COVID-19 funding gap filled… for now

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It would make no sense for Government to cut COVID-19 funding life support for light rail systems whilst it is rightly investing millions every week on expanding and renewing them.

 

This time, Government funding to close the gap caused by coronavirus on bus and tram had run out before a new funding deal was put in place. The deal (announced on 8 August) gives light rail in England outside London three months support before another funding cliff edge – with bus support now on a rolling deal with eight weeks’ notice of termination (but no clarity on what the criteria for termination might be). Meanwhile, the funding for additional public transport capacity (up until half-term) for schools came through just three weeks or so before the schools restart.

It’s clearly good that the Government is continuing to stand behind public transport financially. However, the way it’s being done is increasingly tangled with funding arrangements by mode and area becoming more divergent following the latest funding round. Transport for London, light rail outside London (not including Blackpool), buses outside London and national rail services are all now on funding deals on different time periods, and with different criteria (or no clear criteria) for decision making. Dealing with the consequences of last minute, cliff edge approaches to decision making (with all the cash flow and legal implications) also soaks up a phenomenal amount of time for our members and our staff.

The Treasury is also looking to scale back and escape from the COVID-19 funding arrangements as soon as they can – hence the short term nature of the deals and the deadline stand offs. This is scary stuff for transport authorities because there is little chance of patronage (and therefore income) returning to where it was pre-pandemic anytime soon – and the local authorities that stand behind transport authorities are underfunded for COVID-19 themselves. Any scaling back of funding support therefore could hit bus services in particular and hard. The reasons for this include that there’s only so much you can do at the margins to cut costs on light rail without shutting them down completely. Plus local transport authorities with light rail systems have all sorts of financial and legal obligations to the light rail systems that they own – which they don’t have for bus services, which are owned by somebody else. Other factors on bus include the return to normal de-registration periods for bus services, which combined with funding uncertainty or retrenchment, could trigger a wave of de-registrations of commercial services. The Government is also still looking to local authorities and transport authorities to continue to pay out on an indefinite basis concessionary travel reimbursement at pre COVID-19 rates (i.e. for concessionary journeys that are not currently being made). This is something which is not sustainable given the state of wider local government finances.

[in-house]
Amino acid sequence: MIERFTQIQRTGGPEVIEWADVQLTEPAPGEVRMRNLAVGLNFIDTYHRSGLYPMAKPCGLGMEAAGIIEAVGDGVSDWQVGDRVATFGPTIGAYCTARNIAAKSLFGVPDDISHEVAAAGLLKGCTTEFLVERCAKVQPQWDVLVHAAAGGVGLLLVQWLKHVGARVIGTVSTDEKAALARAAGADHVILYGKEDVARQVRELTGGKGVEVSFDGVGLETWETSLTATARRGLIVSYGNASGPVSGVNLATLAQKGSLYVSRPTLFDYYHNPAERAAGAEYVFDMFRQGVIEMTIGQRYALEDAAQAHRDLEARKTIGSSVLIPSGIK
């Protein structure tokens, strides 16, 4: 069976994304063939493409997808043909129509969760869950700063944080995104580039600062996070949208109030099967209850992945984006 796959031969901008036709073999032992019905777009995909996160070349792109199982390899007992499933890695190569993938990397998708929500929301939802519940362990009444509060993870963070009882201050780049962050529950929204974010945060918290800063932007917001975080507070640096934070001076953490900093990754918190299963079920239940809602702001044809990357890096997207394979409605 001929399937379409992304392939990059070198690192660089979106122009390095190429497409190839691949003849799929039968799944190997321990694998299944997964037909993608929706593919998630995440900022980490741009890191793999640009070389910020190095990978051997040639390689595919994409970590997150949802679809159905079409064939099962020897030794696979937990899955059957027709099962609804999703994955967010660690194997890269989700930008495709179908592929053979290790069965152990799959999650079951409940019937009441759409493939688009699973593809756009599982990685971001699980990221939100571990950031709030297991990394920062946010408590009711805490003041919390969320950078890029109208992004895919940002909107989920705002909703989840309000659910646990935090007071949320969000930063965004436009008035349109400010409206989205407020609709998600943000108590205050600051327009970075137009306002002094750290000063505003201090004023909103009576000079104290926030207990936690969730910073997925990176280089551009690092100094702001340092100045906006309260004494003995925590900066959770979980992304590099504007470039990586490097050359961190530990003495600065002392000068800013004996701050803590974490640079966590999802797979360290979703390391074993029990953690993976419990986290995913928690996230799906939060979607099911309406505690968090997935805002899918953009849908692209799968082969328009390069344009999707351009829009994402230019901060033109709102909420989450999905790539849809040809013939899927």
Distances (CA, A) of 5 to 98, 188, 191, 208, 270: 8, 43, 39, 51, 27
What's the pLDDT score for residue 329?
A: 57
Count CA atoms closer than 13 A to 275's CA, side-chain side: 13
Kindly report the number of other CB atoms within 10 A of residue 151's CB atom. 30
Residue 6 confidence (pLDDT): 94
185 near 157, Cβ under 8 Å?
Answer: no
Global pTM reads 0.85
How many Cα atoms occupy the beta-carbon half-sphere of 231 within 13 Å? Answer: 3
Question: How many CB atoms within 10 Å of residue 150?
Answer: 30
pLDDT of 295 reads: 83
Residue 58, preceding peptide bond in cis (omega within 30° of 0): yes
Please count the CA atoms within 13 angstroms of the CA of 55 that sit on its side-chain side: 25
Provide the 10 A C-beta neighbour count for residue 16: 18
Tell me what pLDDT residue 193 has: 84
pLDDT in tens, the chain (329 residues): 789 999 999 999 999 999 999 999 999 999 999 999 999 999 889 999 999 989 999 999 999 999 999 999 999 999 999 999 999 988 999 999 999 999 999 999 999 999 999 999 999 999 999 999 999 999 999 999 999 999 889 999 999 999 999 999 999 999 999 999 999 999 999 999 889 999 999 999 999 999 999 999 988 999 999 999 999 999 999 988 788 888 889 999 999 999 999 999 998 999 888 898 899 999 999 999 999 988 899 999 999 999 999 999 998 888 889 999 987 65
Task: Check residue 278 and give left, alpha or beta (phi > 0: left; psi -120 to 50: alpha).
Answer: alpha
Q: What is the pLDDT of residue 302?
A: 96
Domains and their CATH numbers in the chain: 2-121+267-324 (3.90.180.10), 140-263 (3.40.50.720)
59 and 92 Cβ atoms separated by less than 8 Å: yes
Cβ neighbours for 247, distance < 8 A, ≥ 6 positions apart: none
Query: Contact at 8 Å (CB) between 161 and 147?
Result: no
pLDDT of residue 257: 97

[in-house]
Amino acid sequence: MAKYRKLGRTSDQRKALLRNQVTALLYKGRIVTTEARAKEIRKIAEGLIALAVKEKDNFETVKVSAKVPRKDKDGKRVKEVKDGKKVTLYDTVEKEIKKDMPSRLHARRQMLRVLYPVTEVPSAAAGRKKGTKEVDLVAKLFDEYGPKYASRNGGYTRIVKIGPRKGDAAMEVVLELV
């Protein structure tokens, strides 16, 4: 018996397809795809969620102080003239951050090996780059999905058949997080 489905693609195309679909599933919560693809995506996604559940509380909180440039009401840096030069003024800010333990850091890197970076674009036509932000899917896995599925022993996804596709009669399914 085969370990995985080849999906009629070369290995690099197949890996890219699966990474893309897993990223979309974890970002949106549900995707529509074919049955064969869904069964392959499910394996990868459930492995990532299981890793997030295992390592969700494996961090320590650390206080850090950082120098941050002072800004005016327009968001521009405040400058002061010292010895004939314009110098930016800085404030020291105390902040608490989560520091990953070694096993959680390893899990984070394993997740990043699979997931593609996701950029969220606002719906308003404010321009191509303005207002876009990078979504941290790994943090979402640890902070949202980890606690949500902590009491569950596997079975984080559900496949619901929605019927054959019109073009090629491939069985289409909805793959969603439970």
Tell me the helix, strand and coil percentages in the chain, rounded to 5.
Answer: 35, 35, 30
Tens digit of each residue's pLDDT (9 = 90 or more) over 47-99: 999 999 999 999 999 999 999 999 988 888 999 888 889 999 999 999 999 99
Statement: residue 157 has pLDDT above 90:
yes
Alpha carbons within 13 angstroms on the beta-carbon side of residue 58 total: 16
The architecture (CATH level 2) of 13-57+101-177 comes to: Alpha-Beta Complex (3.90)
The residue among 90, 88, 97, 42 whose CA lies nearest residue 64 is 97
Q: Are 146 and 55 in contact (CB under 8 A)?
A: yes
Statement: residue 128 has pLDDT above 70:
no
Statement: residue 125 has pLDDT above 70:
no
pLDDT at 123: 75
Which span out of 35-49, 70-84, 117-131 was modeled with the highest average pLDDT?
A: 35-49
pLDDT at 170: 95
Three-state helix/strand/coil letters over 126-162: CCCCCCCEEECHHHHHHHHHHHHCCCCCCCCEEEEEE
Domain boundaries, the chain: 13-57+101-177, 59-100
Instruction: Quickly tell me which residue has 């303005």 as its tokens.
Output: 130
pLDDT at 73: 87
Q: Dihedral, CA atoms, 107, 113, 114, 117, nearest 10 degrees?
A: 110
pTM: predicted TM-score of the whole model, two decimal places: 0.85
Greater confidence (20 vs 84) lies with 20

All of this casts not only a long shadow over the ability of transport authorities to plan ahead but also the Government’s longer term aspirations for urban transport and the ‘levelling up’ agenda. This includes the Prime Minister’s intent to turn around a declining bus sector with the £3 billion of additional Government funding which it announced prior to the pandemic. It also includes the millions that are being poured into renewing and expanding light rail systems which is happening right now. It makes no sense therefore to pull the rug from under public transport funding in the short term – if you are trying to build it up in the medium to long term. The way out of this conundrum could be the Spending Review and the national bus recovery strategy in the Autumn, which would be the logical point to build a bridge between an increasingly ragged emergency patch and mend approach designed to keeping the wheels turning on public transport for now and the more sustainable and robust  arrangements which will be needed in order to segue into supporting the Government’s expansionist agenda for public transport post COVID-19.

The stabilisers are off

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London Borough of Waltham Forest

 

To be clear, I’m all in with the active travel revolution set out in the Government’s new manifesto for Britain’s roads. How revolutionary is it? Very. Traditional street hierarchies turned upside down, only the best will be good enough on active travel infrastructure, go to sleep in Detroit and wake up in Delft. However, in one way not so revolutionary in that it’s the traditional centralised England approach of “we like what we’ve got in London so you need to do the same – chop chop, no backchat about the voters, and make sure nothing happens without our approval”. We are about to test whether this can work and in the way that it didn’t for road pricing for example. We are going to find out whether the populace has a universal latent desire to cycle which is about to be liberated – or creatures of habit who have enough on their plate without all this. More likely a bit of both which will play itself out in a form of street theatre. We are going to find out whether politicians in power locally (and almost as importantly, in many places in opposition) are going to be prepared to expend electoral capital on resisting any local backlashes (Waltham Forest being the shining example). We are also going to find out whether national politicians are going to stand behind the policy when the going gets tough locally and politicians of their own party are leading the backlash locally. And whether we can go from a standing start in many areas to ambitious transformation to high quality schemes which get it right first time.